"$schema" : "",
    "title" : "JSON Names schema for CSCI 343" ,
    "type" : "object" ,
    "properties" : {
        "college" : {
            "type" : "string"  
        "names" : {
            "type" : "array" ,
            "items" : {
                "type" : "object" ,
                "properties" : {
                    "first" : {
                        "type" : "string"
                    "middle" : {
                        "type" : "string"              
                    } ,
                    "last" : {
                        "type" : "string"
                    "prefer" : {
                        "type" : "string"

Now its time to validate your JSON again your JSON schema. Again, there are many on-line JSON validators. I used the one at the top of my Google search for “json schema validator online.”

However, don’t just cut-and-paste this into the validator because it does have a bug for you to fix. (Think about the middle names.) When you are satisfied with your schema, load it into NetBeans and begin the validate-fix cycle. Also, see if you can figure out how to modify this JSON schema so that it really requires first and last fields in the name.

Relational algebra

Since it’s written in Java, you can install RA: A Relational Algebra Interpreter written by Jun Yang for just about any computer.

However, you will need to have your own copy to get RA to work during this lab. To do this, execute the following magic system administration commands. Be sure to ask someone what each of them does so that you can put “Linux system administrator” on your resume.

[…]$ cd ~/csci/343
[…]$ wget
[…]$ ls -l
[…]$ tar xfz ra-2.1b.tgz
[…]$ ls -l
[…]$ cd ra-2.1b

At this point you can start the relational algebra interpreter with the following command:

[…]$ java -jar ra.jar

Now you can type relational algebra statements to look at this database with six tables. (The database was created at Duke so don’t blame me for its contents.) Go ahead and type the following command to print a help message and to list the six tables of the database. Be sure to end all RA commands with a semi-colon.

ra> \help ;
ra> \list ;

RA reads input lines (given in an odd syntax) representing relational algebra expressions and translates them SQL statements that are passed on to an sqlite3 database for execution.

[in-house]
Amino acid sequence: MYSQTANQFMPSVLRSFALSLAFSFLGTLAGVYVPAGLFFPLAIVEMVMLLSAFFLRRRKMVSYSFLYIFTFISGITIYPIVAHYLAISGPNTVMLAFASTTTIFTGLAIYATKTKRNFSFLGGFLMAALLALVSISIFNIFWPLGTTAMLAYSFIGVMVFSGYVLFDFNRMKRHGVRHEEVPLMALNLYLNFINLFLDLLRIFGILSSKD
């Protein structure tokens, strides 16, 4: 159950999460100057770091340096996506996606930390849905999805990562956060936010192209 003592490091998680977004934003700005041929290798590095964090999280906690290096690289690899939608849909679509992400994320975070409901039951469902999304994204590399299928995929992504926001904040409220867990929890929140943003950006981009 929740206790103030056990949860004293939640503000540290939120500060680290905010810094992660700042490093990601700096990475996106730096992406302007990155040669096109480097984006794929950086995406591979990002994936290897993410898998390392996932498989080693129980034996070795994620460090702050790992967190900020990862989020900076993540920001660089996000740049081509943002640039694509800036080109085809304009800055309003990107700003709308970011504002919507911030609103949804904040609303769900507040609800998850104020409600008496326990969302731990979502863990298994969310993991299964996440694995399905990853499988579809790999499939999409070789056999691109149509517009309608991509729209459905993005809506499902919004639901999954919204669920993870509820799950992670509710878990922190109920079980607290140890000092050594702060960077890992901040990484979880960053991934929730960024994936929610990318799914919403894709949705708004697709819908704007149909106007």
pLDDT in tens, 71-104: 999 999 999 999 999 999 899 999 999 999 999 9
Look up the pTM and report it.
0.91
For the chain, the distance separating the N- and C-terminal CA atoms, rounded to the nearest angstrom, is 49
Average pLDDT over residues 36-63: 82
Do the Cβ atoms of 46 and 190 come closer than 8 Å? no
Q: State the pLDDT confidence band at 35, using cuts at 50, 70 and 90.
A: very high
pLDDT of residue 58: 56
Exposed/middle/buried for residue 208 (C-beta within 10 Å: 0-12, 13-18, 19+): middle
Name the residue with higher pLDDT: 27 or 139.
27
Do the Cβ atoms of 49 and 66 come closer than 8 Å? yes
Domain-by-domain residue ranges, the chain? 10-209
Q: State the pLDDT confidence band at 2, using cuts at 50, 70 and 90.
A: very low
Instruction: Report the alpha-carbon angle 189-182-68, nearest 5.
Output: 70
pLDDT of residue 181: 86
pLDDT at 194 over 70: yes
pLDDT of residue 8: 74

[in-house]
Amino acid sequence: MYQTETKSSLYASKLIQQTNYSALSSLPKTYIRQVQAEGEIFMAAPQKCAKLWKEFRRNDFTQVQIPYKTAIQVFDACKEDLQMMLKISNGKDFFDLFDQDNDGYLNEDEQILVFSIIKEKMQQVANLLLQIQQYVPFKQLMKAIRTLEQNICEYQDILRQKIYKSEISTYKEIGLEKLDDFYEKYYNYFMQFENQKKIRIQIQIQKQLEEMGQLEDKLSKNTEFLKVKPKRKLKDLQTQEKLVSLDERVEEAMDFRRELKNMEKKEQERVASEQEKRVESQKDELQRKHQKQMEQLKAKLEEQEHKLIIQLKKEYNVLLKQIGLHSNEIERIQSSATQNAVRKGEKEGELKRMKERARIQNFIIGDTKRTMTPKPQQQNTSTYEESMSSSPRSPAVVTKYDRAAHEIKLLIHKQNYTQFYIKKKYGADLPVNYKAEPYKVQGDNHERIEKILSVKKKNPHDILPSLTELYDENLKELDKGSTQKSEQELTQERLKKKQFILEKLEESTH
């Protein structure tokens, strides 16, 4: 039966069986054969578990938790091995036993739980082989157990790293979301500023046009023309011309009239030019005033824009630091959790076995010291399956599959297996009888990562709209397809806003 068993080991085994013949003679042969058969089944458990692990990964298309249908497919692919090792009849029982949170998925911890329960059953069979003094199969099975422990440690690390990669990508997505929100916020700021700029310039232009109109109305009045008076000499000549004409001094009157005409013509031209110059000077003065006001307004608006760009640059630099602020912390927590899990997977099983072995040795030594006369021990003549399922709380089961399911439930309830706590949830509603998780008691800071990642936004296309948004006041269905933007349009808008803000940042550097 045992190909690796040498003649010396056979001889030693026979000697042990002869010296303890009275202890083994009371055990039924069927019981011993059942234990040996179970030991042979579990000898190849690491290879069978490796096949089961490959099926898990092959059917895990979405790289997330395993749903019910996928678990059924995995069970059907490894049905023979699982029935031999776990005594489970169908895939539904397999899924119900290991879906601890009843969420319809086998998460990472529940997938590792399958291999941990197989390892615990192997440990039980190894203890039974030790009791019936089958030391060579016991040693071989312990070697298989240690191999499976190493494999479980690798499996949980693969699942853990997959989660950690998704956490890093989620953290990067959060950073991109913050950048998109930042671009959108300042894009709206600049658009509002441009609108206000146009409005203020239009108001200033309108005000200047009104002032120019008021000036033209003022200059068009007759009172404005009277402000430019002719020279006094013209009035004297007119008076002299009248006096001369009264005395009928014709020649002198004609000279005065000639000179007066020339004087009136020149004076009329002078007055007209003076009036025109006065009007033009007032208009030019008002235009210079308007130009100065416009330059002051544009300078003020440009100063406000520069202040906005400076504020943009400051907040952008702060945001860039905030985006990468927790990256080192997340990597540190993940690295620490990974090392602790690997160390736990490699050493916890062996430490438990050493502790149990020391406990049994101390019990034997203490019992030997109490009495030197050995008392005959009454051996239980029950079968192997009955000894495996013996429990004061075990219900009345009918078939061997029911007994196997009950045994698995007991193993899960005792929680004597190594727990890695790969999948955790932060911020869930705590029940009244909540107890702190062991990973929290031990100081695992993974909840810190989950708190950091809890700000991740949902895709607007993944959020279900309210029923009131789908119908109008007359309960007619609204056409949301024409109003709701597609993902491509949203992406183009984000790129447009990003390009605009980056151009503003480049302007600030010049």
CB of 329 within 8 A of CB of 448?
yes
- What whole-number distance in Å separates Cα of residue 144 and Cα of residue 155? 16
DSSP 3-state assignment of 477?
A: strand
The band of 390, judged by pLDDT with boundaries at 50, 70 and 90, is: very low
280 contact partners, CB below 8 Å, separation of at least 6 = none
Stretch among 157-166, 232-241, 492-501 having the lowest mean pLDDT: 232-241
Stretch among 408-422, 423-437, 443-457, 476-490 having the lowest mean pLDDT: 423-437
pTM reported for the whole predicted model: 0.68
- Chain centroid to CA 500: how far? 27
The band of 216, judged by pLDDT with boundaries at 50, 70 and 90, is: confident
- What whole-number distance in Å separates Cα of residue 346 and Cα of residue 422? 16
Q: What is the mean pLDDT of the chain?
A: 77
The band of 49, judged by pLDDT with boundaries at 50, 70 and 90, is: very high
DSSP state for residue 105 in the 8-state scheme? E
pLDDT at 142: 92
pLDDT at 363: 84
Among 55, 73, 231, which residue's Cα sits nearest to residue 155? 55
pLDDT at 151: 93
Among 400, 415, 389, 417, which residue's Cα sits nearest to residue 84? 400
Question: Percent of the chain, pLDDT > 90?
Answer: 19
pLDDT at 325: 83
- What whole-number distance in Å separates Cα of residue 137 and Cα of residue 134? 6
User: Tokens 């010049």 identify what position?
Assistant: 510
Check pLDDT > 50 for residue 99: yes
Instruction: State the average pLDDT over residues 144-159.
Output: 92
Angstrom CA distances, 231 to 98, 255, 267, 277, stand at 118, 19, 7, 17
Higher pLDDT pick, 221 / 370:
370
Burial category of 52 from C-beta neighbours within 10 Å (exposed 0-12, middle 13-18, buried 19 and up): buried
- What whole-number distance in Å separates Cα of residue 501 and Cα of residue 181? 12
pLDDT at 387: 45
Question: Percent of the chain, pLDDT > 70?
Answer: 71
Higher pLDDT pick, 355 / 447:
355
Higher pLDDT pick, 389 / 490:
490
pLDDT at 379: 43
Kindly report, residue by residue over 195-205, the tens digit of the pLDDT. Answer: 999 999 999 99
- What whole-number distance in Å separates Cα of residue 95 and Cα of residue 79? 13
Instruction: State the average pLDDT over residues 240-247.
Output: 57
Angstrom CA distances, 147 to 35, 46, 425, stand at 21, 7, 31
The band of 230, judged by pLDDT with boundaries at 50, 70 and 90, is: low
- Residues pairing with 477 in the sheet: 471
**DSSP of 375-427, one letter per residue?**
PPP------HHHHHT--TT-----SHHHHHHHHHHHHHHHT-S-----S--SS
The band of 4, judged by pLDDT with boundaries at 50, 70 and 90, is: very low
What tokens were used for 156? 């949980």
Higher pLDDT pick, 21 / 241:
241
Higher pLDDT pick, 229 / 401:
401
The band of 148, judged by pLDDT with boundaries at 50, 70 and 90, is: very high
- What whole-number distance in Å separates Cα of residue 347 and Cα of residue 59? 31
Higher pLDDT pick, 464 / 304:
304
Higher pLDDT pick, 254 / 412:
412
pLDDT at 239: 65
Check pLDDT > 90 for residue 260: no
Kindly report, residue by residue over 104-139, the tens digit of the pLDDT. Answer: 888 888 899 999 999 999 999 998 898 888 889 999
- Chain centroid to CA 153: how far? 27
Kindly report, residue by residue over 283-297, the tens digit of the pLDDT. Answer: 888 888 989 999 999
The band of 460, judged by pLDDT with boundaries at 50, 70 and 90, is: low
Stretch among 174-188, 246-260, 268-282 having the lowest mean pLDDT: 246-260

The simplest relational expressions

Let’s start with two very simple relational expressions to see the attributes and tuples of the DRINKER and LIKES relations.

ra> LIKES ;

Π and σ

Next, use the relational algebra π (project) operator to list single attributes of these relations. Notice how an underscore is needed for any relational operator that is typically specialized with subscripted information. When the relational algebraist wants Πdrinker LIKES, they must request “\project_{drinker} LIKES ”.

ra> \project_{drinker} LIKES ;
ra> \project_{beer} LIKES ;

This time use a σ operation (select) to figure out what Coy likes.

ra> \select_{drinker='Coy'} LIKES ;

The returned relation has a single tuple, but that tuple contains a pair of values

Now do one by yourself. Use a select and a project to print only the item that Coy likes.


Next try out the following pair of operations. You will be disappointed at the results of the second expression.

ra> DRINKER \cross LIKES ;
ra> DRINKER \join LIKES ;

The problem is that DRINKER and LIKES use two different attribute names for people. You can use the \rename_ to fix that. Or you can just use a θ join.

So we end with an assignment. Write a relational expression to pairs the addresses and likes of all people, without listing the name of the people. This useless table is shown below.

Output schema: (address text, beer text)
100 W. Main Street|Amstel
100 W. Main Street|Corona
101 W. Main Street|Amstel
101 W. Main Street|Budweiser
200 S. Duke Street|Dixie
300 N. Duke Street|Amstel
300 N. Duke Street|Budweiser
300 N. Duke Street|Corona
300 N. Duke Street|Dixie
300 N. Duke Street|Erdinger
Total number of rows: 10

It is a good idea to build up your expression one operator at a time.